# leaflet geojson coordinate problem

I just started to play with leflet/geojson a little. But my coordinates are not rendered properly and I have no clue what is going on.

My coordinates are: `52.23943, 4.97599`. They work correct with the `setView` function.

``````var map = L.map('leaflet_map').setView([52.23943, 4.97599], 15);
``````

But using a geojasonFeature they are, hmmm, 'projected', somewhere east of Somalia.

``````var geojsonFeature = {
"type": "Feature",
"properties": {
"name": "Coors Field",
"popupContent": "This is where the Rockies play!"
},
"geometry": {
"type": "Point",
"coordinates": [52.23943, 4.97599]
}
};
``````

Anyone who knows what is happening here?

EDIT

Out of pure curiosity I changed the coordinates around `[4.976143930893815,52.23925499011473]` and the point appears at its correct location. A known bug!?

-

I wouldn't call it a bug, just a matter of confusing and contradictory standards.

When talking about geographic locations, we usually use Lat-long. This has been codified in the ISO 6709 standard.

When dealing with Cartesian coordinate geometry, we generally use X-Y. Many GIS systems, work with a Geographic Location as a special case of a 2 D coordinate point, where the X represents the longitude and Y represents the Latitude. This order of coordinates, is exactly opposite that of the regular Lat-long notion.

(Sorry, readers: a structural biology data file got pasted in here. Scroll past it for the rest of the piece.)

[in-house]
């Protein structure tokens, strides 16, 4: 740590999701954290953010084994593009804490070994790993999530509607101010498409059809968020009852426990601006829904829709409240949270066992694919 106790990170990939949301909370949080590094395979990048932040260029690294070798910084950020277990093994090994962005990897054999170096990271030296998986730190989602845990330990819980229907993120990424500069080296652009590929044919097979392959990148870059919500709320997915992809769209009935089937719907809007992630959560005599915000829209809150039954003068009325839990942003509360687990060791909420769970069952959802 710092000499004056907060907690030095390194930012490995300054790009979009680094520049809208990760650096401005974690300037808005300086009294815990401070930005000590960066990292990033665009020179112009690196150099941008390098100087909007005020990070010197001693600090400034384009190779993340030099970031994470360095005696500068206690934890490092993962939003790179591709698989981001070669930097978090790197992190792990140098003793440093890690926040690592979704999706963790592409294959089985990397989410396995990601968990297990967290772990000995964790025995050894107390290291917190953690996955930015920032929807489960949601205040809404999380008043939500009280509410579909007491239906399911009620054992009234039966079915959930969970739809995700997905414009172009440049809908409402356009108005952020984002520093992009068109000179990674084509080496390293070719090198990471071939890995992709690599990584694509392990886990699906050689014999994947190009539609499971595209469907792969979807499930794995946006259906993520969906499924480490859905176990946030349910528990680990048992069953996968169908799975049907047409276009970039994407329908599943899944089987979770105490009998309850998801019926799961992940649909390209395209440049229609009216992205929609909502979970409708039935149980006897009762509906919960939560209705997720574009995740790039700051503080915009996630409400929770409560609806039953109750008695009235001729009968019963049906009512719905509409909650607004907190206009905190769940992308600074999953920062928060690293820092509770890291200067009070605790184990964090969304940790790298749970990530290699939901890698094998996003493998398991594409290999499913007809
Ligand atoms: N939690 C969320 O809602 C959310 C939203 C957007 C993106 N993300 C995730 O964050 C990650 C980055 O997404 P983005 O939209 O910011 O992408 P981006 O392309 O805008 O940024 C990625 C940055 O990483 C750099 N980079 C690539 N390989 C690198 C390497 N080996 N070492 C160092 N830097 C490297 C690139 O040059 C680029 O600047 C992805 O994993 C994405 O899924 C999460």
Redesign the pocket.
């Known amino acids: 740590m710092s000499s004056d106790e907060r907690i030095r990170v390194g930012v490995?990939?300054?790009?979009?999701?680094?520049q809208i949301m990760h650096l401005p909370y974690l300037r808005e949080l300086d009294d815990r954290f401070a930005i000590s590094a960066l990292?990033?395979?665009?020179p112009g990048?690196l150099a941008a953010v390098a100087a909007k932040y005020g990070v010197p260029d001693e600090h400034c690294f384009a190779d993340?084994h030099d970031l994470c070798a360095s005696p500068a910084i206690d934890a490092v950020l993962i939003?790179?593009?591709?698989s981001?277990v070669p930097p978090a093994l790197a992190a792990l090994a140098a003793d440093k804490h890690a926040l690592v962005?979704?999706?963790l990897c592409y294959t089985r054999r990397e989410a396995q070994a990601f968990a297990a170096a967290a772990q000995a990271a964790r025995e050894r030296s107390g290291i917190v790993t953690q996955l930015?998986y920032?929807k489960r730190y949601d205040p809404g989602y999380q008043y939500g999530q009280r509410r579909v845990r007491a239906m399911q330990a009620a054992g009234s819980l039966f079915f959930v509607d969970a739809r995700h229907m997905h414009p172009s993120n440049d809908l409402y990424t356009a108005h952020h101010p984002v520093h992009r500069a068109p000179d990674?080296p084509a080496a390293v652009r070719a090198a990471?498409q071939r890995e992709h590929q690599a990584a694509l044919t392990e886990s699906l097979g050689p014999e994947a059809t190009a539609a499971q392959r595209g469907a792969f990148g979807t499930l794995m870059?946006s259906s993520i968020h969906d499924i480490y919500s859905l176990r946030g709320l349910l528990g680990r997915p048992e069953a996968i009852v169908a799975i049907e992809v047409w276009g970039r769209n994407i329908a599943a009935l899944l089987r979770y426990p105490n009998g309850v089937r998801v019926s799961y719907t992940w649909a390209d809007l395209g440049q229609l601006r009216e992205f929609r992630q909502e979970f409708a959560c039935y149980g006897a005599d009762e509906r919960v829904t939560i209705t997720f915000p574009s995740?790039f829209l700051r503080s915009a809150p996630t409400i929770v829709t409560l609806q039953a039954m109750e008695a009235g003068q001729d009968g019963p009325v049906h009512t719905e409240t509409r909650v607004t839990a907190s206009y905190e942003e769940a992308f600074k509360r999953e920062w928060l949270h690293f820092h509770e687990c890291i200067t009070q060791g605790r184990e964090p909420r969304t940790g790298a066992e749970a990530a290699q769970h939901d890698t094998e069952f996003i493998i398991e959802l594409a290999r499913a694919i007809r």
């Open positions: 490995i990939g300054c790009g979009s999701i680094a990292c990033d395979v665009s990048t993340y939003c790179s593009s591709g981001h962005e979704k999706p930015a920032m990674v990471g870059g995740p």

The map.setView takes a l.LatLong as an input, where the first cordinate is a Latitude, and the second is Longitude.

Hence when you want `52.23N, 4.97E`, you pass in `[52.23943, 4.97599]`

The GeoJSON standard says that for any point, the first parameter is the X Coordinate (i.e. Longitude) and second parameter is the Y coordinate (i.e. Latitude);

Hence when you want `52.23N, 4.97E` in GeoJSON, you need to pass `[4.97599, 52.23943]`

For further reading, go through this Q&A

-
Indeed a matter of confusion. I just read the geojson spec and indeed you are absolutely right. Here is the quote The order of elements must follow x, y, z order (easting, northing, altitude for coordinates in a projected coordinate reference system, or longitude, latitude, altitude for coordinates in a geographic coordinate reference system) – LarsVegas Mar 11 '13 at 10:14
@LarsVegas The origin of this issue is the English Language. We usually say Lat-long when we are talking about the geographic location and use X-Y when are talking about coordinate geometry. – Devdatta Tengshe Mar 11 '13 at 10:18